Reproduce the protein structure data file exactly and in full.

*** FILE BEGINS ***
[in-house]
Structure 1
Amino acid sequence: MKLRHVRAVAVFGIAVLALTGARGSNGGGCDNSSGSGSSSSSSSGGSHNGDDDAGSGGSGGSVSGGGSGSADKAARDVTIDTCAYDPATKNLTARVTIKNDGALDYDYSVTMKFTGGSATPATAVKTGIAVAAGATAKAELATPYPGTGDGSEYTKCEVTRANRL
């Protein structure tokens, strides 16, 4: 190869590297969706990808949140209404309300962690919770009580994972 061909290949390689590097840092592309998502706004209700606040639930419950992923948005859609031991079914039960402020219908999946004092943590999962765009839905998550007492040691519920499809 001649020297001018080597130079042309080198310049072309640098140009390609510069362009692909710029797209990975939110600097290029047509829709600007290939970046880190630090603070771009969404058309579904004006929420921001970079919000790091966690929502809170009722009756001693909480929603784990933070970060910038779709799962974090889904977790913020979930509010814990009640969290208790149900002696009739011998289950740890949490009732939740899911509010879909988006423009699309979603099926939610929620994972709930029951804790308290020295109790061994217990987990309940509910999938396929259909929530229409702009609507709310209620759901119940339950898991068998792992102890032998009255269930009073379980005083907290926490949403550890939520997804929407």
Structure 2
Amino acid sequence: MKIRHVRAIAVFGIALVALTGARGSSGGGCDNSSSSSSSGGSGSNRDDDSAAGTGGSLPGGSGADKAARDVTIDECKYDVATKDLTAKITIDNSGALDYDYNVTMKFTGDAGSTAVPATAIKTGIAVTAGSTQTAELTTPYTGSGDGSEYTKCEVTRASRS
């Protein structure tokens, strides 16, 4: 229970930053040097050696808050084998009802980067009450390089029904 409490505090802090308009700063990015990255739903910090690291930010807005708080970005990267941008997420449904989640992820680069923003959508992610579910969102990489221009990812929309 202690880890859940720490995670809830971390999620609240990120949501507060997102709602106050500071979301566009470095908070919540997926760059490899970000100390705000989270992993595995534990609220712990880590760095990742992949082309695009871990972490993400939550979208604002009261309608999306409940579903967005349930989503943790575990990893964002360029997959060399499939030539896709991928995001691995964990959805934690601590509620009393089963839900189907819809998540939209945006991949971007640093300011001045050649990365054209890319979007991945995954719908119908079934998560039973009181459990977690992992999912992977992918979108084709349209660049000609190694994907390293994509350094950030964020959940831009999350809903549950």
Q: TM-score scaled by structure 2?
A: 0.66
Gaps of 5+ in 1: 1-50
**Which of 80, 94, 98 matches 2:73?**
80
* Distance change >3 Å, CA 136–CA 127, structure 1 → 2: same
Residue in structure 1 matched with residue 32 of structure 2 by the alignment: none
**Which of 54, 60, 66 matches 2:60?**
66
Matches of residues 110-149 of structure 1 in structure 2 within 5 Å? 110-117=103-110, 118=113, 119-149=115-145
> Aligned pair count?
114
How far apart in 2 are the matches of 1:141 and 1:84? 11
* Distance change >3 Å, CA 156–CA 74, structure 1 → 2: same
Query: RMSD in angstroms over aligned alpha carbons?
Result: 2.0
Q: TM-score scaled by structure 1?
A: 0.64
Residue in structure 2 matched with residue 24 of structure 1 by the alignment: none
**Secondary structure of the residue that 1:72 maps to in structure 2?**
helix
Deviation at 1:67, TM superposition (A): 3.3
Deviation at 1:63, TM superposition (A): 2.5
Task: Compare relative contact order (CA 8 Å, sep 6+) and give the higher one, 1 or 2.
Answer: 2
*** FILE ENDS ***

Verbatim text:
[in-house]
Structure 1
Amino acid sequence: MKLRHVRAVAVFGIAVLALTGARGSNGGGCDNSSGSGSSSSSSSGGSHNGDDDAGSGGSGGSVSGGGSGSADKAARDVTIDTCAYDPATKNLTARVTIKNDGALDYDYSVTMKFTGGSATPATAVKTGIAVAAGATAKAELATPYPGTGDGSEYTKCEVTRANRL
């Protein structure tokens, strides 16, 4: 190869590297969706990808949140209404309300962690919770009580994972 061909290949390689590097840092592309998502706004209700606040639930419950992923948005859609031991079914039960402020219908999946004092943590999962765009839905998550007492040691519920499809 001649020297001018080597130079042309080198310049072309640098140009390609510069362009692909710029797209990975939110600097290029047509829709600007290939970046880190630090603070771009969404058309579904004006929420921001970079919000790091966690929502809170009722009756001693909480929603784990933070970060910038779709799962974090889904977790913020979930509010814990009640969290208790149900002696009739011998289950740890949490009732939740899911509010879909988006423009699309979603099926939610929620994972709930029951804790308290020295109790061994217990987990309940509910999938396929259909929530229409702009609507709310209620759901119940339950898991068998792992102890032998009255269930009073379980005083907290926490949403550890939520997804929407």
Structure 2
Amino acid sequence: MKIRHVRAIAVFGIALVALTGARGSSGGGCDNSSSSSSSGGSGSNRDDDSAAGTGGSLPGGSGADKAARDVTIDECKYDVATKDLTAKITIDNSGALDYDYNVTMKFTGDAGSTAVPATAIKTGIAVTAGSTQTAELTTPYTGSGDGSEYTKCEVTRASRS
């Protein structure tokens, strides 16, 4: 229970930053040097050696808050084998009802980067009450390089029904 409490505090802090308009700063990015990255739903910090690291930010807005708080970005990267941008997420449904989640992820680069923003959508992610579910969102990489221009990812929309 202690880890859940720490995670809830971390999620609240990120949501507060997102709602106050500071979301566009470095908070919540997926760059490899970000100390705000989270992993595995534990609220712990880590760095990742992949082309695009871990972490993400939550979208604002009261309608999306409940579903967005349930989503943790575990990893964002360029997959060399499939030539896709991928995001691995964990959805934690601590509620009393089963839900189907819809998540939209945006991949971007640093300011001045050649990365054209890319979007991945995954719908119908079934998560039973009181459990977690992992999912992977992918979108084709349209660049000609190694994907390293994509350094950030964020959940831009999350809903549950």
Q: TM-score scaled by structure 2?
A: 0.66
Gaps of 5+ in 1: 1-50
**Which of 80, 94, 98 matches 2:73?**
80
* Distance change >3 Å, CA 136–CA 127, structure 1 → 2: same
Residue in structure 1 matched with residue 32 of structure 2 by the alignment: none
**Which of 54, 60, 66 matches 2:60?**
66
Matches of residues 110-149 of structure 1 in structure 2 within 5 Å? 110-117=103-110, 118=113, 119-149=115-145
> Aligned pair count?
114
How far apart in 2 are the matches of 1:141 and 1:84? 11
* Distance change >3 Å, CA 156–CA 74, structure 1 → 2: same
Query: RMSD in angstroms over aligned alpha carbons?
Result: 2.0
Q: TM-score scaled by structure 1?
A: 0.64
Residue in structure 2 matched with residue 24 of structure 1 by the alignment: none
**Secondary structure of the residue that 1:72 maps to in structure 2?**
helix
Deviation at 1:67, TM superposition (A): 3.3
Deviation at 1:63, TM superposition (A): 2.5
Task: Compare relative contact order (CA 8 Å, sep 6+) and give the higher one, 1 or 2.
Answer: 2